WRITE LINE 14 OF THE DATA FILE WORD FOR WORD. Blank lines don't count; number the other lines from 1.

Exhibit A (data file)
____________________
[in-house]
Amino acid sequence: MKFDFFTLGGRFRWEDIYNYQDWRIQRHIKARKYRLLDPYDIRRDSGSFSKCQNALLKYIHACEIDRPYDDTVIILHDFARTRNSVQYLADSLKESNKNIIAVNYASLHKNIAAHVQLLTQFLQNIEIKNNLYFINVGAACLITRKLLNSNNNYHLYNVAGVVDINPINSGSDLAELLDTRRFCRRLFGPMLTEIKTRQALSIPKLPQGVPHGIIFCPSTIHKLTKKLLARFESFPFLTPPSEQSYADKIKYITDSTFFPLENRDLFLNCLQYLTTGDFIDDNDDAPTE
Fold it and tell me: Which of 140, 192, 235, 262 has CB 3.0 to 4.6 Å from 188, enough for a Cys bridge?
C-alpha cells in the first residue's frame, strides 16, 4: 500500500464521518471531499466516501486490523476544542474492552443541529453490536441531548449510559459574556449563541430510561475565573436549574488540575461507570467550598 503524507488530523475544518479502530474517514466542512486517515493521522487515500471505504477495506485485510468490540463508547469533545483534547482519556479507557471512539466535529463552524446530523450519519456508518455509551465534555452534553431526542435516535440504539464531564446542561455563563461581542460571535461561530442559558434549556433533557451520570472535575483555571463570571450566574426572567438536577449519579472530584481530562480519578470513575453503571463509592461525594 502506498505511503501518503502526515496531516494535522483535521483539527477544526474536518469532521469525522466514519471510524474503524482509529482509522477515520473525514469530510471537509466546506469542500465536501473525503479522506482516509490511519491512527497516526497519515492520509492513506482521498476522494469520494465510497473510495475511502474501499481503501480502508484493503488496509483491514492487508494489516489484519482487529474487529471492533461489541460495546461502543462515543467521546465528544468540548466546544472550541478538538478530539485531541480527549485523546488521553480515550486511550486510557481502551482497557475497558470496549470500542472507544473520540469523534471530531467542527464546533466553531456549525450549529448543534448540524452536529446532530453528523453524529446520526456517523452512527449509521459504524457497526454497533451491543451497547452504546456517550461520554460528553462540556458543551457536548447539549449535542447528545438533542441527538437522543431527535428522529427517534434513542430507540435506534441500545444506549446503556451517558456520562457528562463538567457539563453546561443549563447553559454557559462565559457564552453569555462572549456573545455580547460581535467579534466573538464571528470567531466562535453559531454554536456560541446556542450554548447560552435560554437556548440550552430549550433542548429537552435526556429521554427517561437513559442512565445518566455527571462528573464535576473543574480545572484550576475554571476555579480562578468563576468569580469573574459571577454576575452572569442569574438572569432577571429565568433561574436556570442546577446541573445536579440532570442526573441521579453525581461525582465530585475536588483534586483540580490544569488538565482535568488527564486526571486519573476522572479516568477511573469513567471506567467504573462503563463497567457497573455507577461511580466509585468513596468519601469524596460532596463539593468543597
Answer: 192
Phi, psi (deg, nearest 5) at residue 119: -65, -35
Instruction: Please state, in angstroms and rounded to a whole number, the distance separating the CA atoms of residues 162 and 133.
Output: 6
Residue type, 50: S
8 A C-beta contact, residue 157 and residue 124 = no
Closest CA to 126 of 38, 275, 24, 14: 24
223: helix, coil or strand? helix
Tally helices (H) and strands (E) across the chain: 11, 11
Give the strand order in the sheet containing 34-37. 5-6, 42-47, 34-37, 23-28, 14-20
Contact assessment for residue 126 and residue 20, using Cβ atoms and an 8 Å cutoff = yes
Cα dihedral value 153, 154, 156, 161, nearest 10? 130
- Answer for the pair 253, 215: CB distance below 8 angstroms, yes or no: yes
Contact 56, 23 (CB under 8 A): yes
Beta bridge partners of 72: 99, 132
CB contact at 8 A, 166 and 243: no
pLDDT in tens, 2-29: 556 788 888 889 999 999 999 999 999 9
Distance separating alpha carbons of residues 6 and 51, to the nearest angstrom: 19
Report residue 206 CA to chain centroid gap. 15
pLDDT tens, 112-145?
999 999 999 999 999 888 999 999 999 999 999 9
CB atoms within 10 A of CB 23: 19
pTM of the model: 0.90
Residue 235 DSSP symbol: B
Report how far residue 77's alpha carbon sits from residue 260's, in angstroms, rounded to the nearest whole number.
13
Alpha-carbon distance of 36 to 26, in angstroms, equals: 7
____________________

Give the strand order in the sheet containing 34-37. 5-6, 42-47, 34-37, 23-28, 14-20